Crisis in Ukraine: Daily Briefing
28 September 2016, 6 PM Kyiv time
Note to our readers: The UCC Ukraine Daily Briefing will be not be published onSeptember 29-30, due to the Triennial Congress of Ukrainian Canadians, being held in Regina 29 September to 2 October. The UCC Ukraine Daily Briefing will returnMonday, October 3. Thank you for your interest!
For more information on the Triennial Congress, please see:
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1. Russian Invasion of Ukraine
The National Security and Defense Council of Ukraine (RNBO) reported that yesterday towards Luhansk, Russian-terrorist forces fired on Ukrainian positions at Novozvanivka, Novoleksandrivka and Stanytsia Luhanska. Towards Donetsk, Russian-terrorist forces shelled Ukrainian positions at Avdiyivka with mortars. Towards Mariupol, Russian-terrorist forces fired on several Ukrainian positions along the Maryinka-Shyrokyne sector of the front. The RNBO reported that in the last 24 hours, no Ukrainian soldiers were killed or wounded in action.
2. Investigation into Flight MH-17: Buk Missile that shot down aircraft was brought into occupied eastern Ukraine from Russia
The Joint Investigation Team (JIT) (The Netherlands, Ukraine, Malaysia, Australia, Belgium) into the downing of Flight-MH17 published the first results of its criminal investigation. The report states, “flight MH-17 was shot down by a BUK missile from the 9M38-series. According to the JIT there is also evidence identifying the launch location that involves an agricultural field near Pervomaiskyi which, at the time, was controlled by pro-Russian fighters. […] The investigation demonstrated that flight MH17 was shot down by a 9M38 series BUK missile. […] The system was transported from Russian territory into eastern Ukraine and was later transported on a white Volvo truck with a low-boy trailer. The truck was escorted by several other vehicles and by armed men in uniform. […] After the BUK missile had been fired, the BUK-TELAR initially drove off under its own power. A short time later it was reloaded onto the Volvo truck and transported back to the Russian border. During the night, the convoy crossed the border into the territory of the Russian Federation. […] Now that we have established what happened, the investigation now focuses on the perpetrators. This will be a matter for the long haul. So far, the JIT has identified approximately 100 people who can be linked to the downing of MH17 or the transport of the BUK-TELAR. […] The JIT wishes to emphasise that it continues to seek additional information and evidence, including information from insider witnesses. Ukrainian law provides for lower sentences, and in certain circumstances relief from criminal liability, for those who cooperate with the investigation.” The full report is available at https://www.om.nl/onderwerpen/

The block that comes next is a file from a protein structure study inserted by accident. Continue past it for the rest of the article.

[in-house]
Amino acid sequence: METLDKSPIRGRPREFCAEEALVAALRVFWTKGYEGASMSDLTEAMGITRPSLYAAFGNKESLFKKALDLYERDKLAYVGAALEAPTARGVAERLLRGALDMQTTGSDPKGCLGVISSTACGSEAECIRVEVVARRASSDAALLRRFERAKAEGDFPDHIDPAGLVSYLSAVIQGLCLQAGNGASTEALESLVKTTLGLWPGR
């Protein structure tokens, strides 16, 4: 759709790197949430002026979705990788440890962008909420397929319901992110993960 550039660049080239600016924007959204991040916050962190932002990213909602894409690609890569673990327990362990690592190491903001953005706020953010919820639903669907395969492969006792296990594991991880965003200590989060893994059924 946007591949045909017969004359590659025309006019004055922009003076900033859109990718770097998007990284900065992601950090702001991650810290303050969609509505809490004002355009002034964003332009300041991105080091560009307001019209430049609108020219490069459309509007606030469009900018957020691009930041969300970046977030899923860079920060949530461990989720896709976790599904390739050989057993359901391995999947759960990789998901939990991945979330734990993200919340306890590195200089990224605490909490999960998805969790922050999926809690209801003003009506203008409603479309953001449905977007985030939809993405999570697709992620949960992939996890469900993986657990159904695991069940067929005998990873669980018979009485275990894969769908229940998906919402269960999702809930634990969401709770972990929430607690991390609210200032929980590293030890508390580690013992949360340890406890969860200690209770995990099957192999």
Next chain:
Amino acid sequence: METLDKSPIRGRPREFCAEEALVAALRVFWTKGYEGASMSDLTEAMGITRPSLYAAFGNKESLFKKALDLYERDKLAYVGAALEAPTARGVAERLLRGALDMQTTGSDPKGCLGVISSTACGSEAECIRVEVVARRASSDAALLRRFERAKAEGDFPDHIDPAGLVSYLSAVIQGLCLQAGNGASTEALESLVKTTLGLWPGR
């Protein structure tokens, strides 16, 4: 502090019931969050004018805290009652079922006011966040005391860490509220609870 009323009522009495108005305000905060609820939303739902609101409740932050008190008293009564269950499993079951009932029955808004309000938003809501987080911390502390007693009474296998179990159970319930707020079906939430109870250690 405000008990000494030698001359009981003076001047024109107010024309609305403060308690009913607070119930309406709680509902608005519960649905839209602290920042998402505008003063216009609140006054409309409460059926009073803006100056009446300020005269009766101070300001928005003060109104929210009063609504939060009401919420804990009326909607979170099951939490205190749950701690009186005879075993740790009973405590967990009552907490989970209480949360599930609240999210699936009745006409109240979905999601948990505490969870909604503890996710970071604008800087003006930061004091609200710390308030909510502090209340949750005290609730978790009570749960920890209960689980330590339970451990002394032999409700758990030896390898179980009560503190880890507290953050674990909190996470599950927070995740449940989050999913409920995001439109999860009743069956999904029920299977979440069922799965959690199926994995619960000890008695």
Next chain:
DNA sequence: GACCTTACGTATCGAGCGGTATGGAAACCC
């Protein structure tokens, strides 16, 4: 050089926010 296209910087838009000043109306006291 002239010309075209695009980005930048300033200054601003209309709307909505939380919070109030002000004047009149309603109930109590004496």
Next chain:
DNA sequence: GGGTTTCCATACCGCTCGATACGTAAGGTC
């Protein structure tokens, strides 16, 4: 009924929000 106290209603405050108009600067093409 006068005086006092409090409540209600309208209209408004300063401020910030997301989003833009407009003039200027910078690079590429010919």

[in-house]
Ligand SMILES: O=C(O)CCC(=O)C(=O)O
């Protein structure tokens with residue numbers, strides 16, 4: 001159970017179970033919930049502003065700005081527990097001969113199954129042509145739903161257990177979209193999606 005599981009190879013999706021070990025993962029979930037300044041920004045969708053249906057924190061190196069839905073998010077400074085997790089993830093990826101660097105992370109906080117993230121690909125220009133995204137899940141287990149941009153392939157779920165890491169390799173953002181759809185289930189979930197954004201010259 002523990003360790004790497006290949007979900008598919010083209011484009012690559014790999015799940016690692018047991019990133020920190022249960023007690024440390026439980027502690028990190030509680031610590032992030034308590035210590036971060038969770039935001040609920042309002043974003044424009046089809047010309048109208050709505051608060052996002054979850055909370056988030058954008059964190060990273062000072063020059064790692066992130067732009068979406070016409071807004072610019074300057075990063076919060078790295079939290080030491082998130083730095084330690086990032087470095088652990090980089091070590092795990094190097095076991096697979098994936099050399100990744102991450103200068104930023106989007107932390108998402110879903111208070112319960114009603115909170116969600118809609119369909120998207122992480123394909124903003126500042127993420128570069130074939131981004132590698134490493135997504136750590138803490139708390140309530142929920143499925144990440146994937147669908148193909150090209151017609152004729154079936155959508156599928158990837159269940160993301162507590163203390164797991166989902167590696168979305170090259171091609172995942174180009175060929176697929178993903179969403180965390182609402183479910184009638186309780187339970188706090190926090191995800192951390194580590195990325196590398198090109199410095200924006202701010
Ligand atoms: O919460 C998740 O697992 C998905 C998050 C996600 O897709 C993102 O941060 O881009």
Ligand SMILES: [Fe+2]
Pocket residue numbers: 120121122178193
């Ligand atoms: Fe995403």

3. Ukrainian Soldiers complete training at JMTG-U
US Army Europe reported, “Soldiers from Ukraine’s 1st Battalion, 93rd Mechanized Brigade graduated from a 55-day training rotation of Joint Multinational Training Group-Ukraine, Sep. 23, 2016, at the International Peacekeeping and Security Center. This marked the fourth rotation this year for JMTG-U. The training focuses on individual skills such as marksmanship and first aid all the way through collective skills to include platoon and company live-fires. All of these training objectives are a part of JMTG-U’s efforts to help increase Ukraine’s capacity for self-defense. […]The multinational training team included Soldiers of the 6th Squadron, 8th Cavalry Regiment, 2nd Infantry Brigade Combat Team, 3rd Infantry Division who completed their first of two rotations. […]Along with 6-8 CAV were instructors from Canadian, Lithuanian and Polish forces. The multinational forces worked together to deliver a standard program of instruction that was practical for the Ukrainian army but also focused on general NATO standards.[…]JMTG-U’s primary mission is about building a sustainable and enduring training capacity and capability within the Ukrainian armed forces. The focus is on direct training in the near term, while building capacity quickly through the consolidation and resourcing of dedicated training cadre to support the development of a combat training center at the IPSC.” The full article is available at https://www.army.mil/article/